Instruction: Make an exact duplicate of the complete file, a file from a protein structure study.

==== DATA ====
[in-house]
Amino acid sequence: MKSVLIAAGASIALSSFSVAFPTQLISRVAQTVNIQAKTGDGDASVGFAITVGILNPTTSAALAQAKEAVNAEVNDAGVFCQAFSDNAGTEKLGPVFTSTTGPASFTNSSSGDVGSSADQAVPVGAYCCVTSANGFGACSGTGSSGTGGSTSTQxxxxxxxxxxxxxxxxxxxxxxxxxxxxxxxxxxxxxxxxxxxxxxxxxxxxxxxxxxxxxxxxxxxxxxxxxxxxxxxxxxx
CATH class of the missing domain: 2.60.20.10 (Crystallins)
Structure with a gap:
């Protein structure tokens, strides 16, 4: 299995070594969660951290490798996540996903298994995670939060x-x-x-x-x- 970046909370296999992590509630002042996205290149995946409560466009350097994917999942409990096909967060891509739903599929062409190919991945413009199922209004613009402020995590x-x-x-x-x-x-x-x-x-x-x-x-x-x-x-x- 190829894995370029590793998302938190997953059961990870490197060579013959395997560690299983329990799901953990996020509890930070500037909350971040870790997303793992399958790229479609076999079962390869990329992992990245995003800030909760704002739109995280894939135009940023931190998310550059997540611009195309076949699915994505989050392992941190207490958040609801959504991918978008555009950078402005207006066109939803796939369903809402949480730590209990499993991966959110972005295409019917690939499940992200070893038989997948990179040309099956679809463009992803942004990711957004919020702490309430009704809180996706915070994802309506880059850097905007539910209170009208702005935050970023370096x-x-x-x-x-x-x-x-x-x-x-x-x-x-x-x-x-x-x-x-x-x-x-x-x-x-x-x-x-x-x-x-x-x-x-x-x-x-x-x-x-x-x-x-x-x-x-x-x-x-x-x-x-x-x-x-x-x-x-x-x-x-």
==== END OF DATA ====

[in-house]
Amino acid sequence: MKSVLIAAGASIALSSFSVAFPTQLISRVAQTVNIQAKTGDGDASVGFAITVGILNPTTSAALAQAKEAVNAEVNDAGVFCQAFSDNAGTEKLGPVFTSTTGPASFTNSSSGDVGSSADQAVPVGAYCCVTSANGFGACSGTGSSGTGGSTSTQxxxxxxxxxxxxxxxxxxxxxxxxxxxxxxxxxxxxxxxxxxxxxxxxxxxxxxxxxxxxxxxxxxxxxxxxxxxxxxxxxxx
CATH class of the missing domain: 2.60.20.10 (Crystallins)
Structure with a gap:
């Protein structure tokens, strides 16, 4: 299995070594969660951290490798996540996903298994995670939060x-x-x-x-x- 970046909370296999992590509630002042996205290149995946409560466009350097994917999942409990096909967060891509739903599929062409190919991945413009199922209004613009402020995590x-x-x-x-x-x-x-x-x-x-x-x-x-x-x-x- 190829894995370029590793998302938190997953059961990870490197060579013959395997560690299983329990799901953990996020509890930070500037909350971040870790997303793992399958790229479609076999079962390869990329992992990245995003800030909760704002739109995280894939135009940023931190998310550059997540611009195309076949699915994505989050392992941190207490958040609801959504991918978008555009950078402005207006066109939803796939369903809402949480730590209990499993991966959110972005295409019917690939499940992200070893038989997948990179040309099956679809463009992803942004990711957004919020702490309430009704809180996706915070994802309506880059850097905007539910209170009208702005935050970023370096x-x-x-x-x-x-x-x-x-x-x-x-x-x-x-x-x-x-x-x-x-x-x-x-x-x-x-x-x-x-x-x-x-x-x-x-x-x-x-x-x-x-x-x-x-x-x-x-x-x-x-x-x-x-x-x-x-x-x-x-x-x-």